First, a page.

At a chimpanzee’s enclosure in any Indian zoo, young men are found hooting, shrieking, pulling faces and offering the chimps cigarettes and even bits of broken bottles. It’s difficult to tell who the real chimpanzees are. That’s how closely related we are to the great apes. Back in the very old bad days, a highlight of any circus act was the chimpanzee tea party where the chimps would end up throwing tea cups at each other and shriek much like what happens in the hallowed halls where the laws of the nation are framed.
Of the 13 species of apes in the world (excluding us), four are the “great” apes, the others, “lesser” apes, a distinction made solely on the basis of size. Three of the former are found in Africa and one in the rainforests of Southeast Asia – which is also the realm of the lesser apes.
The granddaddy of them all is the gorilla — a glowering, frowning giant with the gentlest eyes imaginable. Our behaviour towards them (and other great apes) has been horrendous and shameful: they’ve been poached, driven from their jungles, trapped for the pet trade and zoos (babies are taken after shooting the mothers) and starred in hideous films. Thankfully, they had mentors, needless to say, who were women. The late Dian Fossey inveigled herself into gorilla clans in the Virunga Forests of the Congo living there for decades before she was murdered for the protection she tried giving animals, lying buried next to her favourite, Digit, a giant silverback killed by poachers.
Gorilla families are ruled by a grand silverback, who maintains order and discipline with firmness and dignity. He has his harem and his young guns are quickly shown their place by chest-thumping and mock charging. There can be trouble, though, when an outsider silverback – equal in weight and size, tries to take over as head honcho.
Except when babies, gorillas don’t usually throw tantrums, they’re just too big and dignified for that. The leaf-eating vegetarians move as slowly and silently as smoke through their habitat. Big daddy silverbacks (the hair in the middle of their backs is silver) occasionally indulge their babies, which is why there was such an uproar when Harambe, the captive silverback in the Cincinnati zoo, was shot in 2016 when a toddler fell into his enclosure. The jury is out on whether the animal was just checking out the unconscious child or about to harm him. Gorillas are having a hard time surviving in the wild, and several zoos (like in Jersey and San Diego) have captive-breeding programmes for them.
Our closest cousins, however, are the chimpanzees — and they’ve paid the price for it in medical laboratories. Jane Goodall has studied them for over 60 years (she first discovered their tool-making prowess) and now spends her time espousing their cause. Sure, toddler chimps are cute, laugh hysterically when tickled, and very, very smart. But adults are prone to shrieking temper tantrums, and young studs throw around their weight (and whatever’s at hand). Chiefly vegetarian, they do occasionally indulge in hunting monkeys and other small animals, and to see the way a party of males sets out on a hunt is truly chilling. Having torn a kill (say, a colobus monkey) to shreds, the alpha male may distribute the meat among his acolytes.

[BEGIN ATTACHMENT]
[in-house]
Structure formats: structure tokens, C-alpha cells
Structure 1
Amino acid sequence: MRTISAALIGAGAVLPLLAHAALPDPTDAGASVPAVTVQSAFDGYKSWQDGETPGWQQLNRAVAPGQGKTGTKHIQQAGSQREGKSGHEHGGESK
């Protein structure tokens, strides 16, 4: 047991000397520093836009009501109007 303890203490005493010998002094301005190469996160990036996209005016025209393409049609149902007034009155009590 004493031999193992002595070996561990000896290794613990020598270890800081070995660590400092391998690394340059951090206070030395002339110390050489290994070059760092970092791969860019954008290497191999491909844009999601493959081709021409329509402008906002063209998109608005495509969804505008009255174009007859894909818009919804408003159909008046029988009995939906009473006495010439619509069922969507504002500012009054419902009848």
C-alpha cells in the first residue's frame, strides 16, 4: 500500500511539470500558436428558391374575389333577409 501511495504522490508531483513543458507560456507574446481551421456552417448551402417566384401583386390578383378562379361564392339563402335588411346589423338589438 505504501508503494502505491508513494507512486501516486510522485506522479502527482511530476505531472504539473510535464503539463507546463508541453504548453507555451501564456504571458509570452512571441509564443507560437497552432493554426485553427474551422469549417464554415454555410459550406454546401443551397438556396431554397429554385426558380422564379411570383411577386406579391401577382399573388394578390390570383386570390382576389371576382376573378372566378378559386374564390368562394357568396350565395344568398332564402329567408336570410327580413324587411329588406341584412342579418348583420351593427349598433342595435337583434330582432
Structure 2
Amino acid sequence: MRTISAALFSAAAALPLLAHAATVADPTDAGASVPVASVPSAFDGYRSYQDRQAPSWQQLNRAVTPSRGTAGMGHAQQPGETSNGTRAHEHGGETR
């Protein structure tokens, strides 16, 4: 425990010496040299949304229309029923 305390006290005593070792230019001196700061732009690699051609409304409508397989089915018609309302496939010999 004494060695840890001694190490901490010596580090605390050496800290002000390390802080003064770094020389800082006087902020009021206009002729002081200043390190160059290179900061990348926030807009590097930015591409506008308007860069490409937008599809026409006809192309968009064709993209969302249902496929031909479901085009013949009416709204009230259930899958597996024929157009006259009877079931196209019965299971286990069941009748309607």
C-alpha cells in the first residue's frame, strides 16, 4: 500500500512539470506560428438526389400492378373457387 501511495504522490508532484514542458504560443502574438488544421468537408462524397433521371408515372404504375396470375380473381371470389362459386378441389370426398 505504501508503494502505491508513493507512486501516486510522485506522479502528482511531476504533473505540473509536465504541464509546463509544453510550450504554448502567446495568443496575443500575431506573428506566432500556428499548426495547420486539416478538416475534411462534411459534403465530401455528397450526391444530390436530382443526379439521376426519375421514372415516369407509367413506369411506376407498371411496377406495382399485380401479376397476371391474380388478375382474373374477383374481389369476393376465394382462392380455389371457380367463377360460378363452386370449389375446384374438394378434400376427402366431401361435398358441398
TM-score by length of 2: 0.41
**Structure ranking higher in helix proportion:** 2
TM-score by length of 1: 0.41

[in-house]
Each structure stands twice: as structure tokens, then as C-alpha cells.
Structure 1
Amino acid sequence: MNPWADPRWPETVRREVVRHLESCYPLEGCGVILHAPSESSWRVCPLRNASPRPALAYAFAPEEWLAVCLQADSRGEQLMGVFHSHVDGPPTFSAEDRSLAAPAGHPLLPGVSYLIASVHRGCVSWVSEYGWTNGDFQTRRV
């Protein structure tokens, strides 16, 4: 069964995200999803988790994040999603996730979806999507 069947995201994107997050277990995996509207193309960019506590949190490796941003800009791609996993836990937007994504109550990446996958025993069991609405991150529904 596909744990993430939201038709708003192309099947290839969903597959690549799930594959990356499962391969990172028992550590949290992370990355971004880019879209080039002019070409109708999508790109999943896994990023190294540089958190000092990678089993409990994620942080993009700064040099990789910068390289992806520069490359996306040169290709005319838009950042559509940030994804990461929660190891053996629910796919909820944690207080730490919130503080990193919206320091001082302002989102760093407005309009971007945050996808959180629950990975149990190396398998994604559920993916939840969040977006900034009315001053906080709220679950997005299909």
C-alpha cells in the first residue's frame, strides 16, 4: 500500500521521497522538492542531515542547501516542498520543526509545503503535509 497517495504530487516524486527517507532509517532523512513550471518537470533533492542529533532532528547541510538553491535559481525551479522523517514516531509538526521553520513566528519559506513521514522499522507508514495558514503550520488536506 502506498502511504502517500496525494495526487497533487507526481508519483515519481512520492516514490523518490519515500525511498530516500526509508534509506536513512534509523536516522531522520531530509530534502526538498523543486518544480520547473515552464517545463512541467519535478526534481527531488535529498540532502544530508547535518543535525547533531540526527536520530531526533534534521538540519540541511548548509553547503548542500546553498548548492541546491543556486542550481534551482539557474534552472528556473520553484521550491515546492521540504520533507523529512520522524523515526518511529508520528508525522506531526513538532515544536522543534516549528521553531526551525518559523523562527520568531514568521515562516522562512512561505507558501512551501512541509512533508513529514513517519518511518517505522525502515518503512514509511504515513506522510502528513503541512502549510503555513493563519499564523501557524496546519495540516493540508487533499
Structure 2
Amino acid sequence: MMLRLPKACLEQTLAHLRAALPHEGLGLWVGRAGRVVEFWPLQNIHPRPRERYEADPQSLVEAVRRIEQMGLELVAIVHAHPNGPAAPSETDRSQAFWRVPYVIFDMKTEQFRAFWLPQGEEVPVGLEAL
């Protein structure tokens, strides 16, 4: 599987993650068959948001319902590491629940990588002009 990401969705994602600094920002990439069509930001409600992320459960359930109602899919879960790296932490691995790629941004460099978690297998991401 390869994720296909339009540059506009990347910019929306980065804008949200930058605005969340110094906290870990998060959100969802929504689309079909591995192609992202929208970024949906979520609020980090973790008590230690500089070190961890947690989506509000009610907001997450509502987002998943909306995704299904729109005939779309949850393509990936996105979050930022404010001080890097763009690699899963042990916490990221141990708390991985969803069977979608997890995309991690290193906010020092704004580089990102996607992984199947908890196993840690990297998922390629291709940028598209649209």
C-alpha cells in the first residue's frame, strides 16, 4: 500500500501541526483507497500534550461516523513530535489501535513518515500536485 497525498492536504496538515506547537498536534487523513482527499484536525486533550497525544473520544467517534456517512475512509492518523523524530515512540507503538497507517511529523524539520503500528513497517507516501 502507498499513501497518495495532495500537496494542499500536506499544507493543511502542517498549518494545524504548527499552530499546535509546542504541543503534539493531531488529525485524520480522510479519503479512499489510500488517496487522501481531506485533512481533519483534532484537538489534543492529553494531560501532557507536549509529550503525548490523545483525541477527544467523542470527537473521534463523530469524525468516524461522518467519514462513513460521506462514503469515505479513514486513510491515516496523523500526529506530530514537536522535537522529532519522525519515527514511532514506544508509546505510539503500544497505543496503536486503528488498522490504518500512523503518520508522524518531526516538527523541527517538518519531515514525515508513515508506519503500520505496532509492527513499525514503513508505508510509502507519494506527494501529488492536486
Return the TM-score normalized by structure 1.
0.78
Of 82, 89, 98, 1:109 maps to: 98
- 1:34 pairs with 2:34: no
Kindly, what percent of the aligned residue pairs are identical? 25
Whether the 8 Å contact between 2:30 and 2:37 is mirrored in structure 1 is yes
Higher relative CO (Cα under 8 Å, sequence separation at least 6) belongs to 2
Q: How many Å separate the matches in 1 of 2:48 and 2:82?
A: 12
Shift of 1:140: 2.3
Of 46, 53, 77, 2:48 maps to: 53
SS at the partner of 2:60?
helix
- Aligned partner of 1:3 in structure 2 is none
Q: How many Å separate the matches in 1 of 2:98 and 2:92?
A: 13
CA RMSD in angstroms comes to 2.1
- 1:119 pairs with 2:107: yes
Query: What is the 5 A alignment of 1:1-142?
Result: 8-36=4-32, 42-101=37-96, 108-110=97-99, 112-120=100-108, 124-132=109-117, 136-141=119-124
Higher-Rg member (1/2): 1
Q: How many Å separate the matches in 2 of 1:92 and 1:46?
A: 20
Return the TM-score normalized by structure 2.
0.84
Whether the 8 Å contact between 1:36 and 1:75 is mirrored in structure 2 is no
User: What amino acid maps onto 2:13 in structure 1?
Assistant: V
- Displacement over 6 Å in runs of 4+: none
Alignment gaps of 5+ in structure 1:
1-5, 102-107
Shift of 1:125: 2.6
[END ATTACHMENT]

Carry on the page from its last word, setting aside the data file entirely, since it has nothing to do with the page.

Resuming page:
While the common chimpanzee is highly strung, and groups will often go to war with one another, they have a smaller relative, the bonobo, which believes in (very) free love above all! These hippie chimps keep the peace by making love as often as they can, caring two hoots about the exclusivity of partners.
The “old men of the forest” — orangutans of Borneo and Sumatra and the Indonesian islands — too, have a mentor in a Dutch lady, Birute Galdikas, and they too have suffered hideously at our hands. These gentle-eyed, rust-coloured apes are hugely shrewd, spending more time in the trees than any of the others. Long ago, I fell for a doe-eyed orangutan called Pinky at the Delhi Zoo. We met when she was taking a walk: she twined her arms around my legs and looked up at me with those soulful eyes. Upsetting her would be foolish because the strength in those arms could easily snap both my legs as if they were matchsticks. Appalled by this budding romance, her keeper hastened her away and I never saw her again.
On another visit, the ringing cries of the hoolock gibbon — hoola-hoola-hoola — rising to a crescendo welcomed me. The gibbons (all nine species) are the “lesser” apes — and our very own hoolock is found in the Northeastern rainforests. They swing (brachiate) like trapeze artistes and, every morning and evening, the gents and ladies will sing, each protecting its partner from covetous eyes. These swinging singers are also losing out to rampant habitat destruction. If you’re down in the dumps, listen to the gibbons’ song and you’ll be up swinging with them!
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